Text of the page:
First, where to upload to and setting up accounts. The most major outlet is hands-down Amazon. If you aren’t selling there, you are shooting yourself in the foot. Typically you make 70% if you price above $2.99 and 30% if you price below. You can go into the KDP Select program, which potentially will pay more and pays according to how much of your work is read. To join that program, you cannot […]

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Self-publishing Part 3

In the previous posts, I’ve talked a lot about getting the book ready for publication. Today I want to talk about the cover. Let’s first start with this old chestnut: Don’t judge a book by its cover. Probably good advice, but most of us absolutely judge books by their covers. Some of us (like many of us) won’t even pick up if the cover doesn’t signal to us that we might like the book.

Which brings me to my first point. The book has to talk to your target audience. A lot of publishers wonder ‘how they will position’ a particular book that doesn’t quite fall into a particular category. Or you’ll hear people say that a book ‘hasn’t found its audience.” The cover is the key to solving both those issues. Different covers signal different things. Take for instance, romance:

So here is a random sample of some […]

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Self-publishing Part 2

Last time I talked about starting the process of self-publishing. For me, anyhow. This week I want to dig into the nitty-gritty a little bit. Before I begin, however, I want to mention that I’ll be talking only about the e-book stage. I’ve not yet embarked on developing the print version, but when I do, I’ll talk about that process. Frankly I’m a tiny bit terrified of it, but then I’ve been terrified of the self-pubbing process from the get-go. I’m not entirely sure why, except maybe that I’ve always imagined this mysterious and complicated process behind the scenes. It’s somewhat complicated, but once you break down the steps and also hire out parts of it, it turns out that it’s not so scary.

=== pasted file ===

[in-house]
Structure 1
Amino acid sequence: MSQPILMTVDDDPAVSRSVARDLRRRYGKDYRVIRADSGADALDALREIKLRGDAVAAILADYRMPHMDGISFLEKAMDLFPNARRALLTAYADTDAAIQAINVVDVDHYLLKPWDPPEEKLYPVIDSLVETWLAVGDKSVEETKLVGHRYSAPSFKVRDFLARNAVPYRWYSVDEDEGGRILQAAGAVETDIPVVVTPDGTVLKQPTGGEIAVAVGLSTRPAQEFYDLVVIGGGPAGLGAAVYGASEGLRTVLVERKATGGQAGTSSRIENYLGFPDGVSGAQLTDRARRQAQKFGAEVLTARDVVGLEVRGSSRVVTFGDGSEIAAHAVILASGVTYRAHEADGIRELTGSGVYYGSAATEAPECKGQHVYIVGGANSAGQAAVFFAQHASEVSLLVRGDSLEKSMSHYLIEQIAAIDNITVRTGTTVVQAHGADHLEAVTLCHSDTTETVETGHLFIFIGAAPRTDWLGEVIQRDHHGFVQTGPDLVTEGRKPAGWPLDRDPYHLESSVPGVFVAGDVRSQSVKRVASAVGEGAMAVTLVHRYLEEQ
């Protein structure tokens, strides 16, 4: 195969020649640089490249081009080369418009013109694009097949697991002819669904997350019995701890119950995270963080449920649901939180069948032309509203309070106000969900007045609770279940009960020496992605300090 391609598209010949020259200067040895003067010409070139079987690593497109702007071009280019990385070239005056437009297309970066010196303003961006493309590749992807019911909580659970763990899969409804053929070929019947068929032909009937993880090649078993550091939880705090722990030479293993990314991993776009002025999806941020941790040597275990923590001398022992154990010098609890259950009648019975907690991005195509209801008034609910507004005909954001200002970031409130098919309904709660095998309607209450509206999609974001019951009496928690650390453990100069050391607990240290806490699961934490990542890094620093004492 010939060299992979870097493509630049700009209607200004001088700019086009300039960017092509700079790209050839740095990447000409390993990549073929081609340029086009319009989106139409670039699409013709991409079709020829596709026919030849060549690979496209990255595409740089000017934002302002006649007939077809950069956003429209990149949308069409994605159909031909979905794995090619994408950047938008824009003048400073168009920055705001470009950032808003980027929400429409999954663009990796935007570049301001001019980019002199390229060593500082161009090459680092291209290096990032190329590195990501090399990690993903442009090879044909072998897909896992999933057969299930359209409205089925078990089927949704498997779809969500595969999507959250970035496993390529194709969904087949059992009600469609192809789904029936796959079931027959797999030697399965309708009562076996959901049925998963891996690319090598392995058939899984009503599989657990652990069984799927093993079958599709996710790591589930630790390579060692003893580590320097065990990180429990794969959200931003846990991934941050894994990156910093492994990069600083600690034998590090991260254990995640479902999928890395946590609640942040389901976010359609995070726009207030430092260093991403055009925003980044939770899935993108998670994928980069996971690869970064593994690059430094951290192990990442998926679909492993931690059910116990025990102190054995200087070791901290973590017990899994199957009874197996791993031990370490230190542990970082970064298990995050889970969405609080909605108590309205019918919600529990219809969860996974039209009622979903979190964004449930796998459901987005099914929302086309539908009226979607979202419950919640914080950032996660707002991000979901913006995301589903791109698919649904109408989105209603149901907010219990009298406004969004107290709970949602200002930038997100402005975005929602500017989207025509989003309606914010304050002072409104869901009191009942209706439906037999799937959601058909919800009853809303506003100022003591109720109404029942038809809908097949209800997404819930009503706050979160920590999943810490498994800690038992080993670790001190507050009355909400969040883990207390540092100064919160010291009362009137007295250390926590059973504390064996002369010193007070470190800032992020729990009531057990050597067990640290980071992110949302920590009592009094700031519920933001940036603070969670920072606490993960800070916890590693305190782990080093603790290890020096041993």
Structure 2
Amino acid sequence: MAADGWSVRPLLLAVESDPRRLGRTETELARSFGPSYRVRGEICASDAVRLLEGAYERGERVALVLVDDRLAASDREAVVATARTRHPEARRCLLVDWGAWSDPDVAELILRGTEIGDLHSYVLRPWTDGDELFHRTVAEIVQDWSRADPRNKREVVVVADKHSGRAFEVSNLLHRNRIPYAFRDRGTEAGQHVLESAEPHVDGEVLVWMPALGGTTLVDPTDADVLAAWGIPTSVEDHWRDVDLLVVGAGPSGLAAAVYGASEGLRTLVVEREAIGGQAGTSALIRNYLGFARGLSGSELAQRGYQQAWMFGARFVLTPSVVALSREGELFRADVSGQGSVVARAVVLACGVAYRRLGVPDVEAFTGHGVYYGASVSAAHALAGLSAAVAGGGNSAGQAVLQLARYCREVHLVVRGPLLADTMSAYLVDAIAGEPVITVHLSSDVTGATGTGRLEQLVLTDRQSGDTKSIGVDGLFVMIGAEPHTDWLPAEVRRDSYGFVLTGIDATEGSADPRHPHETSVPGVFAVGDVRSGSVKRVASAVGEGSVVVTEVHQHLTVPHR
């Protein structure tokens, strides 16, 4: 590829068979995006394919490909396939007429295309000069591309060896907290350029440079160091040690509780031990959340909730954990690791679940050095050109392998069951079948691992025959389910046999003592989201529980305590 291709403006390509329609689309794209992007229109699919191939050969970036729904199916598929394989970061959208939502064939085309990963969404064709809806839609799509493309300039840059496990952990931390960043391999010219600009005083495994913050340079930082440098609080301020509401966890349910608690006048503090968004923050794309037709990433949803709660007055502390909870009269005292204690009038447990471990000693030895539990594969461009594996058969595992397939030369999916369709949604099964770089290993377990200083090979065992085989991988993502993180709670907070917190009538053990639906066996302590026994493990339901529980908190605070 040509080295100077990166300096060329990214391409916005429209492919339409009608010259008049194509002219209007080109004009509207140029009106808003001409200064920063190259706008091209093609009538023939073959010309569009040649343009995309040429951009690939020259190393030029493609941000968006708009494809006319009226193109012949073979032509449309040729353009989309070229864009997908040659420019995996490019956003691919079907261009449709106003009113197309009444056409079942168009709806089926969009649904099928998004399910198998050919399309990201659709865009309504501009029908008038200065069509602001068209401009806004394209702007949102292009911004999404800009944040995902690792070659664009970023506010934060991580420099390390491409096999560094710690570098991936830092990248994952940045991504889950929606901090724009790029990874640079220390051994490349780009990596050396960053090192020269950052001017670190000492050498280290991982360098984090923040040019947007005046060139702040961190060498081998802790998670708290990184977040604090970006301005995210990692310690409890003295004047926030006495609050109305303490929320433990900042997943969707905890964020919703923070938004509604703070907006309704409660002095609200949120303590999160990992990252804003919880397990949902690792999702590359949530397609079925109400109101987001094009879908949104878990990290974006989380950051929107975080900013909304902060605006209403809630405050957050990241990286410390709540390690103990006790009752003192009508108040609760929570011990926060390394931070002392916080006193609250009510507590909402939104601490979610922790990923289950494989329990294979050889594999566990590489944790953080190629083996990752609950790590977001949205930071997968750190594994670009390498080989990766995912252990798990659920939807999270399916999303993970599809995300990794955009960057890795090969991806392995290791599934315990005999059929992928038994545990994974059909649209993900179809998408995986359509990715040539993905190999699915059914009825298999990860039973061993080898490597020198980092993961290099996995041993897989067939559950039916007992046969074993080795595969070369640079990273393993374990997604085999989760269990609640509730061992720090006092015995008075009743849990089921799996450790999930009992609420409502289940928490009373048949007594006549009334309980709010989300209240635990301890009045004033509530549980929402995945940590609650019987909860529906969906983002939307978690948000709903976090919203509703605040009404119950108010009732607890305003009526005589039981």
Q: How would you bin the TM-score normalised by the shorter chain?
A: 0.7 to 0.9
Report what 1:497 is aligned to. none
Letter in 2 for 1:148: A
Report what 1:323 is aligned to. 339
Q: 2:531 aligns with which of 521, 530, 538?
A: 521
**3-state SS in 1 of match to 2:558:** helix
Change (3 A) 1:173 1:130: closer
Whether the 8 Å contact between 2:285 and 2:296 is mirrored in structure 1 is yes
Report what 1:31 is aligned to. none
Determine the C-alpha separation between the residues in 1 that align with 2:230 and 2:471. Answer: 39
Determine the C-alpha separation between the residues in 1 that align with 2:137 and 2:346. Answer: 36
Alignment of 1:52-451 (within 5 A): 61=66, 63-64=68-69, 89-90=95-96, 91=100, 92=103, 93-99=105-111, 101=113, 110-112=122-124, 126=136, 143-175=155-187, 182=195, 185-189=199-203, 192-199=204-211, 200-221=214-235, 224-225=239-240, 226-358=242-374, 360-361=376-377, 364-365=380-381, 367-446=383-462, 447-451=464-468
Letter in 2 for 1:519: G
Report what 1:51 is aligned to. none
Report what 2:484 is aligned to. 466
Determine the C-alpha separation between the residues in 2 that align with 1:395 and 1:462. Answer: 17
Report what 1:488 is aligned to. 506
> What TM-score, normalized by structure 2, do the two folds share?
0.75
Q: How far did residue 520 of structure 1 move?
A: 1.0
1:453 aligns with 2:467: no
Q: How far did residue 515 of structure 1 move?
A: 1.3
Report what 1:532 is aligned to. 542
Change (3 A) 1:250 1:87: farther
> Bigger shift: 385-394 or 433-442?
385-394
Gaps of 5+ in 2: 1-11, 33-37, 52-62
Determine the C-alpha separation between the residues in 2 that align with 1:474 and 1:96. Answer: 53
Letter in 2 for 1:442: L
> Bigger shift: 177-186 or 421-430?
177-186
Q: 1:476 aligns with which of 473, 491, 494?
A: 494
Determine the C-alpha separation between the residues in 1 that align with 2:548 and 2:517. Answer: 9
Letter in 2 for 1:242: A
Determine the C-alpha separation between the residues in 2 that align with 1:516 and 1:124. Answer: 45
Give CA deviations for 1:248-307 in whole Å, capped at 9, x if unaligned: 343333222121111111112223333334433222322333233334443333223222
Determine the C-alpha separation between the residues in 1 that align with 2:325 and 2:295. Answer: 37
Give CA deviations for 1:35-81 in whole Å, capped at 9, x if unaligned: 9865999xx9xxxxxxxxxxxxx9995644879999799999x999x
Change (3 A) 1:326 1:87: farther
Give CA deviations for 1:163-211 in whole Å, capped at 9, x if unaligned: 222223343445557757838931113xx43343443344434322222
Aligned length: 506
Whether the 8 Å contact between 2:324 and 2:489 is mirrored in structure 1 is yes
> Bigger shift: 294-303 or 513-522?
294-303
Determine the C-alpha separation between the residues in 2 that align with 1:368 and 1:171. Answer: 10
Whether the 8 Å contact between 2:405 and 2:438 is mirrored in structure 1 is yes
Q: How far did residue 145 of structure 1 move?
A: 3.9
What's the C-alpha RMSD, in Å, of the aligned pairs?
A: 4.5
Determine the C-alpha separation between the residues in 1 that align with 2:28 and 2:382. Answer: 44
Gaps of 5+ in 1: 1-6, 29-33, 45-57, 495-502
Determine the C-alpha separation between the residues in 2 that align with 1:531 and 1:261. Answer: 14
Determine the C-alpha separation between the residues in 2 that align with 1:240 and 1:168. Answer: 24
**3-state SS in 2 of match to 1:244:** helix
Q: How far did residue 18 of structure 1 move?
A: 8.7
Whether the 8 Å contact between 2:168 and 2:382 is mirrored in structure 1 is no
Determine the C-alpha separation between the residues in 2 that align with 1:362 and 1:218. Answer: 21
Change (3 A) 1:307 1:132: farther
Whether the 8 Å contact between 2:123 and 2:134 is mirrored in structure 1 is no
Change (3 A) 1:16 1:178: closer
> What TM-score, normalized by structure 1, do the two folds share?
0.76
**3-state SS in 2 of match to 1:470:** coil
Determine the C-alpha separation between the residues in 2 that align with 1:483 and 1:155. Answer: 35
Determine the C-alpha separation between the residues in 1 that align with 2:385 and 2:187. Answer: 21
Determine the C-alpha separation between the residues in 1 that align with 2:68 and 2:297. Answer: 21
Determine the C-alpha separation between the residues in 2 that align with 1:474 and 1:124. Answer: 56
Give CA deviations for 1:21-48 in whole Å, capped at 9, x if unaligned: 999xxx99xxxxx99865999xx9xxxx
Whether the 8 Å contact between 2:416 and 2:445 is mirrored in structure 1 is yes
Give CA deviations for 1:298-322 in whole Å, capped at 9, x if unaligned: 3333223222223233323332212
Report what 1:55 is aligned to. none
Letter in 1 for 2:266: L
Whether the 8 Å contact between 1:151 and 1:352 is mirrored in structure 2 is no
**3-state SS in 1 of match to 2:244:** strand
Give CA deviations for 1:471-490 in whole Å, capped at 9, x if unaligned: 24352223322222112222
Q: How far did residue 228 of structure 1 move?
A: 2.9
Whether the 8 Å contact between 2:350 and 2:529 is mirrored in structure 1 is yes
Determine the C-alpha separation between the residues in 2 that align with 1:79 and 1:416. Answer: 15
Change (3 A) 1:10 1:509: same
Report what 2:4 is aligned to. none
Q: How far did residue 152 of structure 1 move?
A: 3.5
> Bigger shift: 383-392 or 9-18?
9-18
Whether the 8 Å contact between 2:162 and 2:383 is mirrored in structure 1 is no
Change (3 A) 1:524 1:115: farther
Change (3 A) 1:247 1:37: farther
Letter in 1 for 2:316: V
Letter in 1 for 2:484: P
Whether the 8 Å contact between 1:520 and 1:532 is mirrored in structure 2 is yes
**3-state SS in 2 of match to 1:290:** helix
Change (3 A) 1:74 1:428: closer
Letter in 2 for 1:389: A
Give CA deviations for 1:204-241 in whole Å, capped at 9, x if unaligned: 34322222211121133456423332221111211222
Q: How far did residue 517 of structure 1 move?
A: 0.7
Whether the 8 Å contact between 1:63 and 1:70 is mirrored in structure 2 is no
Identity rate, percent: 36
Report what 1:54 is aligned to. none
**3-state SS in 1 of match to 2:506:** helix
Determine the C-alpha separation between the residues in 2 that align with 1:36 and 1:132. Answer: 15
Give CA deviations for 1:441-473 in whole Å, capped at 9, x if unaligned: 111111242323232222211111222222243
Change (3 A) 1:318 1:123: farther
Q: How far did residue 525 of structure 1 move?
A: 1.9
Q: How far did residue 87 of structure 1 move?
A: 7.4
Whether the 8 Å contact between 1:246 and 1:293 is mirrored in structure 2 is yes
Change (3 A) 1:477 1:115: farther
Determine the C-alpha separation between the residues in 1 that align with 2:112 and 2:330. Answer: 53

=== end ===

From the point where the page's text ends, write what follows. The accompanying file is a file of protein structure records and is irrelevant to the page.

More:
Let me remind you of the list of steps I gave in my last post:

get the book beta-read and edited (I did this in two […]

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Self-publishing Part 1

As I mentioned last time, I’m working on publishing my first self-pubbed book (I was going to write self-pubbed publication–I need caffeine, obviously). I’ve wanted to publish something myself for some time, but I’ve had no time to write outside of my contracts for . . . well, a long time. Luckily, my contracts allow for me to publish independently. But that’s more of a business topic for later, or better yet, our intrepid Money Mondays duo might take it up for me. Hey Faith and John! 😀

All right, so I wanted to self-pub. You might as why. Go ahead. Ask. Well, I’ll tell you. There are several reasons. The obvious one is that I’d make a lot more money per sale doing it myself than going through a publisher. Always a nice thing. Plus the money comes in more frequently, which is to say, every month rather than […]